Following the reasonable success in all of the Madagascar films, the loveable penguins that were given a TV spin-off return to the silver screen with Penguins of Madagascar. Co-directed by Eric Darnell and Simon J. Smith, the story follows closely after the events of Madagascar 3: Europe's Most Wanted, with our four heroes breaking into Fort Knox in search of a vending machine holding their favourite Cheesy Dibbles snack. Before they can reach their Holy Grail, they are kidnapped and confronted by Dave (voiced by Malkovich) – an octopus with an agenda. The story goes on to see the penguins embroiled in a much bigger fight which takes them across the world. Completely unrelated to the TV series spinoff, The Penguins of Madagascar, the film puts the four side-kick penguins in the hot seat.  Aimed at a younger audience, the jokes and the frenzy antics – especially throughout the first half of the film – are aplenty and will keep the kiddies amused; the adults, on the other hand, might not find as much to indulge in, though a few celebrity references will incite a few chuckles. The penguin-cast, so to speak, step up to the leading roles and give depth to the characters. It's a strange thing to say of animated penguins, but it makes a difference. Meanwhile, Malkovich – in his first-ever animated role – is absolutely brilliant as the evil Octopus, as is rising British star, Benedict Cumberbatch, as the wolf leader of the North Wind rescue team that appear as a major part of the film. With all things considered, Penguins of Madagascar is a funny and an entertaining addition from the folks over at the DreamWorks Studios; goofy, though occasionally witty, it's the good-natured humour that keeps things ticking through the often overwhelmingly frantic pace.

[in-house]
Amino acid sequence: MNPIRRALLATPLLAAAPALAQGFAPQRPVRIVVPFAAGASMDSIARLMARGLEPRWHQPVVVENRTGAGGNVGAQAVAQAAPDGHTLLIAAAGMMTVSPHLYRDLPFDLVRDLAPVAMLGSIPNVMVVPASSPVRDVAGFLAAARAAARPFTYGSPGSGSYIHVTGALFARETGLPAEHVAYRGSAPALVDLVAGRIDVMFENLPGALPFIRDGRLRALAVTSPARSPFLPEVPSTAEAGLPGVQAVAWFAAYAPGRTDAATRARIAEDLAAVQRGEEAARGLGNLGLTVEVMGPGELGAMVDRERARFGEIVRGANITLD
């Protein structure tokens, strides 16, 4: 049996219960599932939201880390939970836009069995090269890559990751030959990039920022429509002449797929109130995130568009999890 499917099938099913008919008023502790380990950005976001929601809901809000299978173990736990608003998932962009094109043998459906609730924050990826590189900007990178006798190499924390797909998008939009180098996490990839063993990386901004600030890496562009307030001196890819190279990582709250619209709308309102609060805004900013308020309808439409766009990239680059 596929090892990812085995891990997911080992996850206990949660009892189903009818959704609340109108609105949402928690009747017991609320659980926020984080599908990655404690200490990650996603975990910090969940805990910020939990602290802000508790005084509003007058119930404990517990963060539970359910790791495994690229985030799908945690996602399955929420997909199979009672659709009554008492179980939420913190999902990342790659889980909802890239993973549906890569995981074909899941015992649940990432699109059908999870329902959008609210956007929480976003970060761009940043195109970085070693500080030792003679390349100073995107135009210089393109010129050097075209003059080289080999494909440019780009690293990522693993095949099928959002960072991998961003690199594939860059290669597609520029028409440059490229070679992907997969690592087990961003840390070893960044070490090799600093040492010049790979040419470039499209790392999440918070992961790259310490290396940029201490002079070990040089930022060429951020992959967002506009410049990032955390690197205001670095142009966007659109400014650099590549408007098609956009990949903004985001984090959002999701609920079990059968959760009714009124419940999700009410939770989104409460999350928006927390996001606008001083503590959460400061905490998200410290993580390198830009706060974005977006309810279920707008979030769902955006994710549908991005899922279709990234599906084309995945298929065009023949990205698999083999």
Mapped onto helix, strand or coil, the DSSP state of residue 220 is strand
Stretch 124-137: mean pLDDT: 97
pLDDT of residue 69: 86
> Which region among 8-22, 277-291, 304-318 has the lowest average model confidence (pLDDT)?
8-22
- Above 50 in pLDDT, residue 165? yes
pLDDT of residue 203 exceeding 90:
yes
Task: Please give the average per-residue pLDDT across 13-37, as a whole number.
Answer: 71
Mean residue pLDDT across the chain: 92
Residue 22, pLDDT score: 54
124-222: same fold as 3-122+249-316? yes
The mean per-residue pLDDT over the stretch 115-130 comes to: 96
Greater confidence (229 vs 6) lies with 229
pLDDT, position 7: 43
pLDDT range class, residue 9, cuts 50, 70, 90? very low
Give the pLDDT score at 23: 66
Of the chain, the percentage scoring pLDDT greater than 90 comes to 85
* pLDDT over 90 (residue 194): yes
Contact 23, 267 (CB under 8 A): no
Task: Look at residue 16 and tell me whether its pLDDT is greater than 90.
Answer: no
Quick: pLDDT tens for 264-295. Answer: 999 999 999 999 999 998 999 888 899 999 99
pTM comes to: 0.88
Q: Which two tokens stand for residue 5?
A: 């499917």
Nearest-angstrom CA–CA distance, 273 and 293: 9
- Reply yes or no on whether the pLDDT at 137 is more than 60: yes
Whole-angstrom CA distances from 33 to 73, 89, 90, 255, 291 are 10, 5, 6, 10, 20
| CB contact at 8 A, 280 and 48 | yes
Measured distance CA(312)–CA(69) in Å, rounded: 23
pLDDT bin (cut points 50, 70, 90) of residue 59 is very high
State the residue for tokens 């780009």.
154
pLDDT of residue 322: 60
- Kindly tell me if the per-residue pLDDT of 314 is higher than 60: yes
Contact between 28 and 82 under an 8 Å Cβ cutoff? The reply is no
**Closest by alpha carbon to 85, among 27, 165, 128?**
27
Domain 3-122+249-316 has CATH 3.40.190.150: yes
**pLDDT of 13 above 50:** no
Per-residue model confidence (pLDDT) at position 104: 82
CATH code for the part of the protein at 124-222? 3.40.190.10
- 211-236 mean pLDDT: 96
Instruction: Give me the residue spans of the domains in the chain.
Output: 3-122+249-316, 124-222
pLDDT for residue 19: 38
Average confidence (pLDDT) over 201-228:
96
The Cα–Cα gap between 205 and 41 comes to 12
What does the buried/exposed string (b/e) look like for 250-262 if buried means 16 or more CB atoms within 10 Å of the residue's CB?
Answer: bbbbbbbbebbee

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Picasso Art Gallery: 'The Interplay of Marble, Stone &  Glass' by Ketty Abdel Malek
Published On: 10/12/2014